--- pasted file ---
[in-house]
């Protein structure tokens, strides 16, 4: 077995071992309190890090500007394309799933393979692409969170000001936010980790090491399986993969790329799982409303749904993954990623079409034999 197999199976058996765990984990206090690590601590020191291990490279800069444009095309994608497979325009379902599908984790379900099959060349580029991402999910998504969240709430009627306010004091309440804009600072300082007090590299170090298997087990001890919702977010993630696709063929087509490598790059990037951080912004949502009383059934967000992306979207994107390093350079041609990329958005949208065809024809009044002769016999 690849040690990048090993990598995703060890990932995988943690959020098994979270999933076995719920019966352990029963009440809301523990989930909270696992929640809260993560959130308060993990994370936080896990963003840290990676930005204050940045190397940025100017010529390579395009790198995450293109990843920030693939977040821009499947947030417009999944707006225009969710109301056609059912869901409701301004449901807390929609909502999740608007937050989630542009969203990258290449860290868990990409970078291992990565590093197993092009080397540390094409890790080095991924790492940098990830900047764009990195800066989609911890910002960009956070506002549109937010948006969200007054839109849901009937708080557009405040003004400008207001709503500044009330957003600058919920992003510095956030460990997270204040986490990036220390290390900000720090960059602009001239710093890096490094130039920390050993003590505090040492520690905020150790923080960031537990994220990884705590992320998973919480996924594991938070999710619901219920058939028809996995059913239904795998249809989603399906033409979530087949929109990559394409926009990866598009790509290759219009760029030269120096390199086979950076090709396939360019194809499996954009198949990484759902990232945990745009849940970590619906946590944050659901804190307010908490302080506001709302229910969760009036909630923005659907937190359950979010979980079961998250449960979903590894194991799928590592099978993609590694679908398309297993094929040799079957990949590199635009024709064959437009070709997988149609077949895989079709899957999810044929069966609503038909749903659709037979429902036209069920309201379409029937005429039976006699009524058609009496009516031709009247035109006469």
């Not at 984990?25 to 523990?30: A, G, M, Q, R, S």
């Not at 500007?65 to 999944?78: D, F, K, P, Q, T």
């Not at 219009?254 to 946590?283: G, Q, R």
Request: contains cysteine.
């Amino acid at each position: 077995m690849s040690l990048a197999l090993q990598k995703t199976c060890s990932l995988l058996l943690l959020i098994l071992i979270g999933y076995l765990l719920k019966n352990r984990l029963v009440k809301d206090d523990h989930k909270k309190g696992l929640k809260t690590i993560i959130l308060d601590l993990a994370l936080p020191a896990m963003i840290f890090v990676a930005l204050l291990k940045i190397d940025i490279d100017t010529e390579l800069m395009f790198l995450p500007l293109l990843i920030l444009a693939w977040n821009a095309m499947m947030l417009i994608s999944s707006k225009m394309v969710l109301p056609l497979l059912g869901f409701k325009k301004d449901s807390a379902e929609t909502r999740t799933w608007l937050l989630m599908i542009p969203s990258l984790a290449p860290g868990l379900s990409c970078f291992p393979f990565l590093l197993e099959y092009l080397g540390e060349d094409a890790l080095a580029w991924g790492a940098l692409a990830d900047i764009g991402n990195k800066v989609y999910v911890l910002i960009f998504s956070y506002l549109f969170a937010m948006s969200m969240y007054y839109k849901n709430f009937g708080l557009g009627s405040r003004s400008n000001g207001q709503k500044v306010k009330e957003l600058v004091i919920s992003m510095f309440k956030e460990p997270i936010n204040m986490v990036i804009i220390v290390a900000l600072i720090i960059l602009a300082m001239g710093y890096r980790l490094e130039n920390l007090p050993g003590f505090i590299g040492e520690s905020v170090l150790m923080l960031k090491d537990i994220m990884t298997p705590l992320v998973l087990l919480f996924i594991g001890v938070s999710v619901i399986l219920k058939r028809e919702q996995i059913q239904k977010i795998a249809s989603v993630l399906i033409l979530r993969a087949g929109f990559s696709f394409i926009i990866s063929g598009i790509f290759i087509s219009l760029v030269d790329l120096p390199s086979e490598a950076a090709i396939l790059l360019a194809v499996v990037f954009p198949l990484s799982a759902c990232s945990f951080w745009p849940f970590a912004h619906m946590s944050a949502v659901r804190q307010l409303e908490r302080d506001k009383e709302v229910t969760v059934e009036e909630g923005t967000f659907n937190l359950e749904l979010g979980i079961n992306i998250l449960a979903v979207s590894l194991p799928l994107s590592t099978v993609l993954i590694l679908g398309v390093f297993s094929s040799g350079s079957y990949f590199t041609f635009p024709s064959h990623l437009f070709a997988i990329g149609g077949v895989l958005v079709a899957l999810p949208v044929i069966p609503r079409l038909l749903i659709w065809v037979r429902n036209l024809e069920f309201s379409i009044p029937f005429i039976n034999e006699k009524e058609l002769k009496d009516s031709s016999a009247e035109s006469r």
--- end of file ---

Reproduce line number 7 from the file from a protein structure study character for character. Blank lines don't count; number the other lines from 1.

């Amino acid at each position: 077995m690849s040690l990048a197999l090993q990598k995703t199976c060890s990932l995988l058996l943690l959020i098994l071992i979270g999933y076995l765990l719920k019966n352990r984990l029963v009440k809301d206090d523990h989930k909270k309190g696992l929640k809260t690590i993560i959130l308060d601590l993990a994370l936080p020191a896990m963003i840290f890090v990676a930005l204050l291990k940045i190397d940025i490279d100017t010529e390579l800069m395009f790198l995450p500007l293109l990843i920030l444009a693939w977040n821009a095309m499947m947030l417009i994608s999944s707006k225009m394309v969710l109301p056609l497979l059912g869901f409701k325009k301004d449901s807390a379902e929609t909502r999740t799933w608007l937050l989630m599908i542009p969203s990258l984790a290449p860290g868990l379900s990409c970078f291992p393979f990565l590093l197993e099959y092009l080397g540390e060349d094409a890790l080095a580029w991924g790492a940098l692409a990830d900047i764009g991402n990195k800066v989609y999910v911890l910002i960009f998504s956070y506002l549109f969170a937010m948006s969200m969240y007054y839109k849901n709430f009937g708080l557009g009627s405040r003004s400008n000001g207001q709503k500044v306010k009330e957003l600058v004091i919920s992003m510095f309440k956030e460990p997270i936010n204040m986490v990036i804009i220390v290390a900000l600072i720090i960059l602009a300082m001239g710093y890096r980790l490094e130039n920390l007090p050993g003590f505090i590299g040492e520690s905020v170090l150790m923080l960031k090491d537990i994220m990884t298997p705590l992320v998973l087990l919480f996924i594991g001890v938070s999710v619901i399986l219920k058939r028809e919702q996995i059913q239904k977010i795998a249809s989603v993630l399906i033409l979530r993969a087949g929109f990559s696709f394409i926009i990866s063929g598009i790509f290759i087509s219009l760029v030269d790329l120096p390199s086979e490598a950076a090709i396939l790059l360019a194809v499996v990037f954009p198949l990484s799982a759902c990232s945990f951080w745009p849940f970590a912004h619906m946590s944050a949502v659901r804190q307010l409303e908490r302080d506001k009383e709302v229910t969760v059934e009036e909630g923005t967000f659907n937190l359950e749904l979010g979980i079961n992306i998250l449960a979903v979207s590894l194991p799928l994107s590592t099978v993609l993954i590694l679908g398309v390093f297993s094929s040799g350079s079957y990949f590199t041609f635009p024709s064959h990623l437009f070709a997988i990329g149609g077949v895989l958005v079709a899957l999810p949208v044929i069966p609503r079409l038909l749903i659709w065809v037979r429902n036209l024809e069920f309201s379409i009044p029937f005429i039976n034999e006699k009524e058609l002769k009496d009516s031709s016999a009247e035109s006469r």